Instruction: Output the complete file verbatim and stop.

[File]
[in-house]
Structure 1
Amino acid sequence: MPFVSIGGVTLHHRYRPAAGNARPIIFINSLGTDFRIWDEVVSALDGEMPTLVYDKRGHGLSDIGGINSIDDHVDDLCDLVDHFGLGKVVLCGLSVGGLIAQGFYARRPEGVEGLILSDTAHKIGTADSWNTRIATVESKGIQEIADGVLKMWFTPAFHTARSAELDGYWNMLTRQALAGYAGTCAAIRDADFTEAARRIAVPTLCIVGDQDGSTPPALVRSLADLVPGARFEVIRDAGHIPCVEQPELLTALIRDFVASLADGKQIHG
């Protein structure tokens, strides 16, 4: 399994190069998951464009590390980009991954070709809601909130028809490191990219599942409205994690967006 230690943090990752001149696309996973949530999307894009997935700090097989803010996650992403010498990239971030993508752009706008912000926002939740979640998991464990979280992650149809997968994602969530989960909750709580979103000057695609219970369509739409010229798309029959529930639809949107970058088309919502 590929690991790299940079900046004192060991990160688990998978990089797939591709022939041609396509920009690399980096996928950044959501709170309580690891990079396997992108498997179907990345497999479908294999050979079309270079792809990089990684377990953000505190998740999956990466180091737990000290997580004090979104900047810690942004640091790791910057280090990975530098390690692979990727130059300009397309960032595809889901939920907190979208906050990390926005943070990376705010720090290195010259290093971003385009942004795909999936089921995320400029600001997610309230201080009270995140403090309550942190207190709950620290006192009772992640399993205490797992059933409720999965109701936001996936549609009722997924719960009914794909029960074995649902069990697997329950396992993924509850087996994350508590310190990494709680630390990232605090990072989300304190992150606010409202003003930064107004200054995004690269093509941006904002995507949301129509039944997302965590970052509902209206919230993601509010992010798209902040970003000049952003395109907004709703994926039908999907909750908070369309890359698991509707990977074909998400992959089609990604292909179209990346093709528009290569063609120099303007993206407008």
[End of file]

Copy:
[in-house]
Structure 1
Amino acid sequence: MPFVSIGGVTLHHRYRPAAGNARPIIFINSLGTDFRIWDEVVSALDGEMPTLVYDKRGHGLSDIGGINSIDDHVDDLCDLVDHFGLGKVVLCGLSVGGLIAQGFYARRPEGVEGLILSDTAHKIGTADSWNTRIATVESKGIQEIADGVLKMWFTPAFHTARSAELDGYWNMLTRQALAGYAGTCAAIRDADFTEAARRIAVPTLCIVGDQDGSTPPALVRSLADLVPGARFEVIRDAGHIPCVEQPELLTALIRDFVASLADGKQIHG
């Protein structure tokens, strides 16, 4: 399994190069998951464009590390980009991954070709809601909130028809490191990219599942409205994690967006 230690943090990752001149696309996973949530999307894009997935700090097989803010996650992403010498990239971030993508752009706008912000926002939740979640998991464990979280992650149809997968994602969530989960909750709580979103000057695609219970369509739409010229798309029959529930639809949107970058088309919502 590929690991790299940079900046004192060991990160688990998978990089797939591709022939041609396509920009690399980096996928950044959501709170309580690891990079396997992108498997179907990345497999479908294999050979079309270079792809990089990684377990953000505190998740999956990466180091737990000290997580004090979104900047810690942004640091790791910057280090990975530098390690692979990727130059300009397309960032595809889901939920907190979208906050990390926005943070990376705010720090290195010259290093971003385009942004795909999936089921995320400029600001997610309230201080009270995140403090309550942190207190709950620290006192009772992640399993205490797992059933409720999965109701936001996936549609009722997924719960009914794909029960074995649902069990697997329950396992993924509850087996994350508590310190990494709680630390990232605090990072989300304190992150606010409202003003930064107004200054995004690269093509941006904002995507949301129509039944997302965590970052509902209206919230993601509010992010798209902040970003000049952003395109907004709703994926039908999907909750908070369309890359698991509707990977074909998400992959089609990604292909179209990346093709528009290569063609120099303007993206407008």